A false sense of freedom

The latest images on the news have had me thinking a lot lately. Does the war in Iraq affect me? Do the elections in Mexico have any influence on my daily life? Should I be concerned about Guatemala, Bolivia, or Korea?

Asking whether or not these things affect me begs a deeper, more significant question. Are Americans capable of even feeling what is going on in other parts of the world?

In my mind there is no question whatsoever that the world affects me. Whether or not a person can feel it, or better said, if they are willing to feel it, is another issue. Like most, it is for me to just think about my own world and how things are going on Beacon Hill and in the South End.

So can Americans truly tune into what is happening? Evidence would suggest not. However, some might sound like the following if they were truly being honest, in my opinion:

"I live in a society built on self-interest. I am concerned and interested with things that involve me. Either they will aid or threaten me. If they are not any of these then I have no reason to be interested, concerned, resolved or conflicted. I take no position unless taking one aides in my profit or prevents my deficit. Who am I? I am an American. I am a person who chooses to go along with what the television tells me not because it's really what I believe, but because I don't really believe anything else. I am the epitome of neutrality, the hallmark of apathy, and the essence of indifference."

These are hardly the words of freedom-loving, flag-waving good ol' Americans. However they are the actions and the attitudes of such people. How tragic that people can live out their lives under such profound contradiction.

To be called "land of the free and the home of the brave" seems to suggest that Americans are free and courageous. But nowhere do people speak of freedom requiring responsibility, and yet on all levels responsibility goes hand in hand with freedom. I suppose people like to have their cake and eat it, too.

Certainly bravery and courage don't imply that one needs to dodge bullets and engage others in combat. True courage was seen when Dr. Martin Luther King Jr. continued to march while having rocks thrown at him. Bravery was displayed when Muhammad Ali accepted his sentence to jail after refusing to fight in Vietnam, and then shaking the hands of the guards who were supposed to be watching over him.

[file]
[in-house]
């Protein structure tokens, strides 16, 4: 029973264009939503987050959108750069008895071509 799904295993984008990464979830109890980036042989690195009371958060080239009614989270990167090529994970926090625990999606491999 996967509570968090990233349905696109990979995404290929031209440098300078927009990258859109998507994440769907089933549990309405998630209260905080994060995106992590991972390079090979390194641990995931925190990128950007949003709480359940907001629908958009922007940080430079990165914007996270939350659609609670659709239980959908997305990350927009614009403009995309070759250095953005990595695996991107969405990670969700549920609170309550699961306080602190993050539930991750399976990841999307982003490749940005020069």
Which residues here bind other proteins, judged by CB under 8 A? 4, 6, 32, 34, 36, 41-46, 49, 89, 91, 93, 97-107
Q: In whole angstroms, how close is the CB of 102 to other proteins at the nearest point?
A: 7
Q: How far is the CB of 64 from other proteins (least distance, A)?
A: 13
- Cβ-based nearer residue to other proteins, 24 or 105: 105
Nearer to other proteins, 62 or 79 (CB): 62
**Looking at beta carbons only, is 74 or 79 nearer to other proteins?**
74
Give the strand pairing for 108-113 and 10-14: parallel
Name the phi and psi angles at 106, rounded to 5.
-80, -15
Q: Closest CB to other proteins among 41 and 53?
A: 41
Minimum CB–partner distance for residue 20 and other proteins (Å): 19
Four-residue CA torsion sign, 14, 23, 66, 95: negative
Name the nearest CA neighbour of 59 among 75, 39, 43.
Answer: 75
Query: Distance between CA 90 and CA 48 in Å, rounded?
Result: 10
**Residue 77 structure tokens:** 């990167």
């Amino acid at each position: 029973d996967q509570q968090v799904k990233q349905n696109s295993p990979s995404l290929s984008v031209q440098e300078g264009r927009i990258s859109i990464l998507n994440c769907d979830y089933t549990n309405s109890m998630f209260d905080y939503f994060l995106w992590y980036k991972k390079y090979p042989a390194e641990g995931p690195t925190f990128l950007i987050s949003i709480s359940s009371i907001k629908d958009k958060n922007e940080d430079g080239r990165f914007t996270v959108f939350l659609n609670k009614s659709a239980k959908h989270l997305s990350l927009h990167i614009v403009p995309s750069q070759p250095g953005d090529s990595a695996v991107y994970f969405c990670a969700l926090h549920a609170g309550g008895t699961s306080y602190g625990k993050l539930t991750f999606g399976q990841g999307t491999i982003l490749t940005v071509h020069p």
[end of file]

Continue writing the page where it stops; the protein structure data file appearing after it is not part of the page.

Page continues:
Courage is having the will to love when it's easiest to hate, but unfortunately American's perception of courage is as backwards and twisted as its foreign policy.

So how do the rest of the world's wars and traumas affect me? They affect me by the policy that is perpetuated around the world by the government, by the resources that continue to be taken from the poor, and by the immense ignorance and lies that infect people in this society. This isn't exactly something that shows up clearly while driving down Rainer Avenue South or walking to the Red Apple Market. But if you really stop and think about it, isn't true? Don't we all know this and just not say anything?

How can I celebrate my freedom while others scream in pain at their suffering and enslavement? Malcolm X once said, "You don't stab a man nine inches, pull the knife out six inches and celebrate your progress."

In the spirit of such wise words from a profound mover and shaker, I am reminded of another quote by the same person; "The only way we'll get freedom for ourselves is to identify with every oppressed people in the world. We are blood brothers to the people of Brazil, Venezuela, Haiti and Cuba."

So I'm left with an aching question. Is the so-called "greatest country in the world" mature enough to identify with the pain and suffering of others? Or is the United States truly like a typical 16-year-old with a brand new license and a car? Freedom without responsibility. Not only that, has anyone ever asked why this is the "greatest country?" A lot of people would like a response beyond "because." To me ignorance and arrogance is displayed when folks wave a flag or go off to war in the name of a false democracy.

Disagree with me if you will, as I may with you, but isn't that what democracy is all about, or is that a lie as well? Some might say that this kind of talk is anti-American, but if questioning and thinking critical about the world you live in is anti-American, then perhaps that is why I'm reminded once again why I call myself Chicano. I go back to what many of us have experienced our whole lives; namely being unacceptable to those in power in this country.

So the next time you watch the news or stand in line at the store and see a magazine; the next time you ride the bus or drive your car; the next time you go to Seward Park or spend time at Jefferson Golf Course, remember that there are things happening outside of our society. Take some time and feel it.

If you can really feel it, then maybe you'd be willing to do something.

Enrique Gonzalez is a resident of the Skyway neighborhood in South Seattle and works at El Centro de la Raza. Drop him a line at editor@sdistrictjournal.com.

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